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Black v. Warden, Southern Ohio Correctional Facility

United States District Court, S.D. Ohio, Western Division, Dayton

January 24, 2018

CORY O. BLACK, Petitioner,
Warden, Southern Ohio Correctional Facility, Respondent.

          Walter H. Rice District Judge


          Michael R. Merz United States Magistrate Judge

         This habeas corpus case is before the Court on Petitioner's Objections (ECF No. 9) to the Magistrate Judge's Report (ECF No. 8) which recommended dismissal of the Petition as barred by the statute of limitations. Judge Rice has recommitted the case for reconsideration in light of the Objections (ECF No. 10).

         The Petition itself shows Mr. Black pled no contest to three counts of felonious assault, discharging a firearm at or near prohibited premises, having weapons while under disability, and tampering with evidence. (Amended Petition, ECF No. 7, PageID 28. He took no appeal, so his conviction became final July 30, 2009, thirty days after he was sentenced. Under the one-year statute of limitations codified at 28 U.S.C. § 2244(d), the habeas corpus petition was required to be filed not later than July 30, 2010, but was not in fact filed until December 8, 2017.

         The Report discounts Black's claim of a later starting date arising from a letter he wrote to Judge Singer asking for clarification of the judgment. In response, Judge Singer specifically refused to amend the judgment, although he ordered the docket changed to be clearer. A docket amendment is not the same as a judgment amendment for habeas corpus purposes. Compare King v. Morgan, 807 F.3d 154 (6th Cir. 2015). The original sentencing judgment has never been amended. (See ECF No. 7-1, PageID 42.)

         To excuse the delay, Black blames medication he was taking at unspecified dates which he says caused memory loss and dysfunctional behavior. He asserts the Court should investigate that and gives a telephone number at the Southern Ohio Correctional Facility. Federal courts are not authorized to investigate claims like this on behalf of litigants. Rather, Petitioner has the obligation to furnish proof, by documentation or affidavit from SOCF personnel, of the diagnoses and medications.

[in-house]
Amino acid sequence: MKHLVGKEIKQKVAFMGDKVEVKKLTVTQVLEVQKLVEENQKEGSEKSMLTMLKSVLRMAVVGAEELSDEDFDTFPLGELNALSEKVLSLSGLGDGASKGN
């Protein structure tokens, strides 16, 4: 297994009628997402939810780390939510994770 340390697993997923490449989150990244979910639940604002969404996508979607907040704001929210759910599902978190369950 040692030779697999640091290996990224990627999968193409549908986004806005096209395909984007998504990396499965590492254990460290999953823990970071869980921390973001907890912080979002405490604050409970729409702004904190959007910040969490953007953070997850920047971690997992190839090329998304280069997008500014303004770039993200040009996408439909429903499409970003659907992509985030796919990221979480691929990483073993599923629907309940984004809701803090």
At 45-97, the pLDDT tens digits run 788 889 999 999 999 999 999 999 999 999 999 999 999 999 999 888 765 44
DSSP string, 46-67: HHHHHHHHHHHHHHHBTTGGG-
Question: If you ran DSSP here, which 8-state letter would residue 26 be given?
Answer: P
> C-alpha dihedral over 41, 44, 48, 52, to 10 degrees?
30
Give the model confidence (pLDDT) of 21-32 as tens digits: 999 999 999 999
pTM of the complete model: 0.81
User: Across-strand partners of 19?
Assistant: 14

In a further attempt to excuse the delay, Black says the Court has not investigated whether attorneys Bobby Jo Cox, Chris Wesner, and Ben Swift have been “unresponsive.” But Black offers no proof that he has sought responses from them or what information they have that would have permitted him to file earlier. Black is not entitled to appointed counsel to pursue a habeas corpus claim. The right to appointed counsel extends to the first appeal of right and no further, so the unresponsiveness of his prior counsel, assuming it occurred, would be immaterial. Pennsylvania v. Finley, 481 U.S. 551, 555 (1987); Ross v. Moffitt, 417 U.S. 600 (1974).

         Mr. Black also offers a defense on the merits to his original charges, claiming he acted in self defense and claiming the benefit of the “stand your ground” law. But the time to do that was when the charges were initially brought. Mr. Black with the assistance of counsel pled no contest to the charges that resulted in his imprisonment. It is simply too late now to claim innocence and in fact Mr. Black offers no new evidence of innocence such as might excuse his delay in filing. See Souter v. Jones, 395 F.3d 577 (6th Cir. 2005).

         Having reconsidered the case in light of the Objections, the Magistrate Judge again respectfully recommends that Petition herein be dismissed with prejudice as barred by the statute of limitations. Because reasonable jurists would not disagree with this conclusion, Petitioner should be denied a certificate of appealability and the Court should certify to the Sixth Circuit that any appeal would be objectively frivolous and therefore should not be permitted to proceed in forma pauperis.


         Pursuant to Fed.R.Civ.P. 72(b), any party may serve and file specific, written objections to the proposed findings and recommendations within fourteen days after being served with this Report and Recommendations. Pursuant to Fed.R.Civ.P. 6(d), this period is extended to seventeen days because this Report is being served by mail. .Such objections shall specify the portions of the Report objected to and shall be accompanied by a memorandum of law in support of the objections. If the Report and Recommendations are based in whole or in part upon matters occurring of record at an oral hearing, the objecting party shall promptly arrange for the transcription of the record, or such portions of it as all parties may agree upon or the Magistrate Judge deems sufficient, unless the assigned District Judge otherwise directs. A party may respond to another party's objections within fourteen days after ...

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